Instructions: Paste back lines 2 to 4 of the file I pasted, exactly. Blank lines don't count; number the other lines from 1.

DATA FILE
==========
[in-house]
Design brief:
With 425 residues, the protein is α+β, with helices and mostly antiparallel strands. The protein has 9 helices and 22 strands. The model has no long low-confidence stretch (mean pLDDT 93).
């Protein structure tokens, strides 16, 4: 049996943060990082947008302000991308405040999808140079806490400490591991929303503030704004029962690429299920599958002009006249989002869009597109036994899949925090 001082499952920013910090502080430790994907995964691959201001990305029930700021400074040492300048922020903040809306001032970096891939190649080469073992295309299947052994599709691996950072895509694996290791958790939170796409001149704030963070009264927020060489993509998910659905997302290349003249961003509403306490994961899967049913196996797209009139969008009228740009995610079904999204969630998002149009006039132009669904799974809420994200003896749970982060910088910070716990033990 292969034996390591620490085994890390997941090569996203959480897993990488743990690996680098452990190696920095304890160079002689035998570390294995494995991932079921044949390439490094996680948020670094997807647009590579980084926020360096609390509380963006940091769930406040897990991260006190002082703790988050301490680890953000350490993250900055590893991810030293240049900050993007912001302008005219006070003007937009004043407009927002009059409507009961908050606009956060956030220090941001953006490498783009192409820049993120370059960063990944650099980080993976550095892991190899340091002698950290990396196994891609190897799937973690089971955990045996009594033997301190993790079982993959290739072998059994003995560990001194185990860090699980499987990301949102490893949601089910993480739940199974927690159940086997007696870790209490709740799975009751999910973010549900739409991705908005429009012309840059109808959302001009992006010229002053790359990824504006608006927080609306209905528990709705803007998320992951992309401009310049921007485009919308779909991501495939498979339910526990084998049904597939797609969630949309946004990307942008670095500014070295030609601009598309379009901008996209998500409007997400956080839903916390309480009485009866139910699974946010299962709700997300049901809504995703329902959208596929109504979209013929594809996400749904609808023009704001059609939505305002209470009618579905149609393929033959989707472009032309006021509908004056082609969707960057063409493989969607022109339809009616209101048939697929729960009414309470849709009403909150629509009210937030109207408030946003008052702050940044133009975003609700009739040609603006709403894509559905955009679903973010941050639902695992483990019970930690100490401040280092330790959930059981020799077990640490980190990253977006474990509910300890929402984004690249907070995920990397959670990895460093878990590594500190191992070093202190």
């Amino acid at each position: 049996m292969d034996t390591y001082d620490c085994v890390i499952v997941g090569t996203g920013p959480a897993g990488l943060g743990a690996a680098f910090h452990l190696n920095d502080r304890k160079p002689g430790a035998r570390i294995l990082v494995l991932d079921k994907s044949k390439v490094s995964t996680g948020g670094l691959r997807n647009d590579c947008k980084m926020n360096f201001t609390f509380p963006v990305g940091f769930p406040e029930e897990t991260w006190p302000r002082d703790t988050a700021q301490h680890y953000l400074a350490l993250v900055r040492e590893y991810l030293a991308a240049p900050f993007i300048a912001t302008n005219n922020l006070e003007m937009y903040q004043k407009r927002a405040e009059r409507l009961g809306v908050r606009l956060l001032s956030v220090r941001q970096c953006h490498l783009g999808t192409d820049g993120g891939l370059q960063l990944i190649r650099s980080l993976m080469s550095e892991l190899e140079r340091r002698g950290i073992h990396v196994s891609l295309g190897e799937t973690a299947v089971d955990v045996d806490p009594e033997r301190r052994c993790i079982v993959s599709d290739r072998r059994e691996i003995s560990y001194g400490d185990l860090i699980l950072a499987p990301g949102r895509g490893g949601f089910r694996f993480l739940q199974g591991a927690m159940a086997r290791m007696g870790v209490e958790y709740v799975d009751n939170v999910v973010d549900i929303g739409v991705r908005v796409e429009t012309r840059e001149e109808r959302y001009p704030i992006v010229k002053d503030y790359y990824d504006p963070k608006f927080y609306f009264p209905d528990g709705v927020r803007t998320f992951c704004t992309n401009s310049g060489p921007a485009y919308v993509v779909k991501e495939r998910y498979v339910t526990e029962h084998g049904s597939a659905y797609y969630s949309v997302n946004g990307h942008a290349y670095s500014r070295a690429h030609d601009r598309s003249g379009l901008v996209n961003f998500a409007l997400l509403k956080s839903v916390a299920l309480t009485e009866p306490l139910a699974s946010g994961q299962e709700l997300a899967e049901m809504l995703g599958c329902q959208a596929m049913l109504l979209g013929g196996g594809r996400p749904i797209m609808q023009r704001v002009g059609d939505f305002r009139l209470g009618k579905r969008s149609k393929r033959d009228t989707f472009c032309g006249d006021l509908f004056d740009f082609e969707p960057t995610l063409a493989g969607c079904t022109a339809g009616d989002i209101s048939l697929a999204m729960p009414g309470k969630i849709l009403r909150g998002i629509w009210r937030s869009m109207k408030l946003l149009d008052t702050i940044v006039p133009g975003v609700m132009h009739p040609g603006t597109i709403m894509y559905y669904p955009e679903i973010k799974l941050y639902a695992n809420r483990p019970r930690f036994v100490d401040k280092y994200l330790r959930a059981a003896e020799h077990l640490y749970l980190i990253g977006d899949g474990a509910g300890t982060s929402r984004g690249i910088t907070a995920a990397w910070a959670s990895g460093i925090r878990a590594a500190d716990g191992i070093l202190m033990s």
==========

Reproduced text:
Design brief:
With 425 residues, the protein is α+β, with helices and mostly antiparallel strands. The protein has 9 helices and 22 strands. The model has no long low-confidence stretch (mean pLDDT 93).
């Protein structure tokens, strides 16, 4: 049996943060990082947008302000991308405040999808140079806490400490591991929303503030704004029962690429299920599958002009006249989002869009597109036994899949925090 001082499952920013910090502080430790994907995964691959201001990305029930700021400074040492300048922020903040809306001032970096891939190649080469073992295309299947052994599709691996950072895509694996290791958790939170796409001149704030963070009264927020060489993509998910659905997302290349003249961003509403306490994961899967049913196996797209009139969008009228740009995610079904999204969630998002149009006039132009669904799974809420994200003896749970982060910088910070716990033990 292969034996390591620490085994890390997941090569996203959480897993990488743990690996680098452990190696920095304890160079002689035998570390294995494995991932079921044949390439490094996680948020670094997807647009590579980084926020360096609390509380963006940091769930406040897990991260006190002082703790988050301490680890953000350490993250900055590893991810030293240049900050993007912001302008005219006070003007937009004043407009927002009059409507009961908050606009956060956030220090941001953006490498783009192409820049993120370059960063990944650099980080993976550095892991190899340091002698950290990396196994891609190897799937973690089971955990045996009594033997301190993790079982993959290739072998059994003995560990001194185990860090699980499987990301949102490893949601089910993480739940199974927690159940086997007696870790209490709740799975009751999910973010549900739409991705908005429009012309840059109808959302001009992006010229002053790359990824504006608006927080609306209905528990709705803007998320992951992309401009310049921007485009919308779909991501495939498979339910526990084998049904597939797609969630949309946004990307942008670095500014070295030609601009598309379009901008996209998500409007997400956080839903916390309480009485009866139910699974946010299962709700997300049901809504995703329902959208596929109504979209013929594809996400749904609808023009704001059609939505305002209470009618579905149609393929033959989707472009032309006021509908004056082609969707960057063409493989969607022109339809009616209101048939697929729960009414309470849709009403909150629509009210937030109207408030946003008052702050940044133009975003609700009739040609603006709403894509559905955009679903973010941050639902695992483990019970930690100490401040280092330790959930059981020799077990640490980190990253977006474990509910300890929402984004690249907070995920990397959670990895460093878990590594500190191992070093202190």